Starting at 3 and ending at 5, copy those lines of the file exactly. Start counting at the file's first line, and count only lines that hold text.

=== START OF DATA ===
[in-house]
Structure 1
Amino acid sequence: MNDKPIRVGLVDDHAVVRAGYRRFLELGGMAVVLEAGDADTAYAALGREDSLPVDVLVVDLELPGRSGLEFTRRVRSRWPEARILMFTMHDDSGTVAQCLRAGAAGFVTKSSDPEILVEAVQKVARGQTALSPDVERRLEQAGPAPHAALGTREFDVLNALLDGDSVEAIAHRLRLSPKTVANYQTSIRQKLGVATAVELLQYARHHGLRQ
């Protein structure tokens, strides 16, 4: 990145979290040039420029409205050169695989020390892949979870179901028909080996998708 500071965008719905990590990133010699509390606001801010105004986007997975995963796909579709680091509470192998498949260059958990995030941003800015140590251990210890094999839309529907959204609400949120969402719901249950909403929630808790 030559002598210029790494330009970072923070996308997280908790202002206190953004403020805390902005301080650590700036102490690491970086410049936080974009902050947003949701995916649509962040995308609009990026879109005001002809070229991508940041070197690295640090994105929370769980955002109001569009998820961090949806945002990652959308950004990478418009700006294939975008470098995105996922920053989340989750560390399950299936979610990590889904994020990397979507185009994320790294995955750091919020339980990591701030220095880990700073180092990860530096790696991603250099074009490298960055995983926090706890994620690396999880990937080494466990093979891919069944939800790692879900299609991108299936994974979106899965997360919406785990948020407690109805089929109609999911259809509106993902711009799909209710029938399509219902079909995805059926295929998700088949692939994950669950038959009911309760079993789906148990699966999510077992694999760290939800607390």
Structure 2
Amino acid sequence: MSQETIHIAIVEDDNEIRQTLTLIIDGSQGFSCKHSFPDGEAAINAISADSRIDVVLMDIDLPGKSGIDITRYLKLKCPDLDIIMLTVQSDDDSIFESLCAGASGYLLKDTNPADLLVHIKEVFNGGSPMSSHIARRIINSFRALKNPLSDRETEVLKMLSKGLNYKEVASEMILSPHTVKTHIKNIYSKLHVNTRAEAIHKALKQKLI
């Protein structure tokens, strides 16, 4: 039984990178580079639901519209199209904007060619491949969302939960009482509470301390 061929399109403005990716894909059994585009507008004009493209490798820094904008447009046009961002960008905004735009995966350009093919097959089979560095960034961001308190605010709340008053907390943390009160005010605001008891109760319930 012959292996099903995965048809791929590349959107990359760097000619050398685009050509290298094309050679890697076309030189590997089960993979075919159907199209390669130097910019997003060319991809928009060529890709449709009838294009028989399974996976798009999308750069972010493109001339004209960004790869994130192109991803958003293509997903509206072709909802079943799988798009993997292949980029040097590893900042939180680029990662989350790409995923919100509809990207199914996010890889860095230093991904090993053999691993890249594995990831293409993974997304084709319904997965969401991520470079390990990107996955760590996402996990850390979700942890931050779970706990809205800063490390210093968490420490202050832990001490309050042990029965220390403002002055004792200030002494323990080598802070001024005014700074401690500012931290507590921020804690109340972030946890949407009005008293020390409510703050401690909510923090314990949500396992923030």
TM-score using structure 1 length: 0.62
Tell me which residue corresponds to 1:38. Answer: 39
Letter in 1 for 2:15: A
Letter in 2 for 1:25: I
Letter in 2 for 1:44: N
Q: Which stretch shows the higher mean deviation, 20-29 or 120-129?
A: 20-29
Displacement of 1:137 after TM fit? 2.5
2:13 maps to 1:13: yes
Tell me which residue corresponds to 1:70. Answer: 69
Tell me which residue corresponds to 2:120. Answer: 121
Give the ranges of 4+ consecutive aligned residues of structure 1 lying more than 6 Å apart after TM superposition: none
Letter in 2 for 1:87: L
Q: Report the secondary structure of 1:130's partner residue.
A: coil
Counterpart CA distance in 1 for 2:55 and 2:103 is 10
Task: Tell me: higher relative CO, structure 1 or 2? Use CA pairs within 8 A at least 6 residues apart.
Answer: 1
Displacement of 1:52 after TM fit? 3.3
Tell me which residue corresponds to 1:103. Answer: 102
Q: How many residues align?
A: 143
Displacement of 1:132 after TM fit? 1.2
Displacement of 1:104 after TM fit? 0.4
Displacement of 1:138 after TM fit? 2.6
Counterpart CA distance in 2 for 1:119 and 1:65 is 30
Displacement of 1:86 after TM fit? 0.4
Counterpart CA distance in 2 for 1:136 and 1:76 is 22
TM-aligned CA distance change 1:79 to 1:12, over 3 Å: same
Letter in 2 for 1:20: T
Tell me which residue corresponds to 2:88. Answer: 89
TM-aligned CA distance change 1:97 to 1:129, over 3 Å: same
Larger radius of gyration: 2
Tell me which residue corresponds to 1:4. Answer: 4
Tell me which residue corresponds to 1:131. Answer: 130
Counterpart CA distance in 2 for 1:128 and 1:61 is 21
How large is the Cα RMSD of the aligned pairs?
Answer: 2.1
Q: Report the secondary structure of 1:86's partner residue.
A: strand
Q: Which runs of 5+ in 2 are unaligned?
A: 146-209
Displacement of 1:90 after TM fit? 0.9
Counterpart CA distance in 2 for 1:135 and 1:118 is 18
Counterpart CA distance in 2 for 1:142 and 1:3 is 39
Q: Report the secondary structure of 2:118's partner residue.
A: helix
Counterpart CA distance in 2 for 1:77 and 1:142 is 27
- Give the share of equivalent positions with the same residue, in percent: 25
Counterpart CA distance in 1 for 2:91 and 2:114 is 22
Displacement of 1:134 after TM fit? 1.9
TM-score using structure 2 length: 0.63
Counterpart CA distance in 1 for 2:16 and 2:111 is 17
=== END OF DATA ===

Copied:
Amino acid sequence: MNDKPIRVGLVDDHAVVRAGYRRFLELGGMAVVLEAGDADTAYAALGREDSLPVDVLVVDLELPGRSGLEFTRRVRSRWPEARILMFTMHDDSGTVAQCLRAGAAGFVTKSSDPEILVEAVQKVARGQTALSPDVERRLEQAGPAPHAALGTREFDVLNALLDGDSVEAIAHRLRLSPKTVANYQTSIRQKLGVATAVELLQYARHHGLRQ
């Protein structure tokens, strides 16, 4: 990145979290040039420029409205050169695989020390892949979870179901028909080996998708 500071965008719905990590990133010699509390606001801010105004986007997975995963796909579709680091509470192998498949260059958990995030941003800015140590251990210890094999839309529907959204609400949120969402719901249950909403929630808790 030559002598210029790494330009970072923070996308997280908790202002206190953004403020805390902005301080650590700036102490690491970086410049936080974009902050947003949701995916649509962040995308609009990026879109005001002809070229991508940041070197690295640090994105929370769980955002109001569009998820961090949806945002990652959308950004990478418009700006294939975008470098995105996922920053989340989750560390399950299936979610990590889904994020990397979507185009994320790294995955750091919020339980990591701030220095880990700073180092990860530096790696991603250099074009490298960055995983926090706890994620690396999880990937080494466990093979891919069944939800790692879900299609991108299936994974979106899965997360919406785990948020407690109805089929109609999911259809509106993902711009799909209710029938399509219902079909995805059926295929998700088949692939994950669950038959009911309760079993789906148990699966999510077992694999760290939800607390």
Structure 2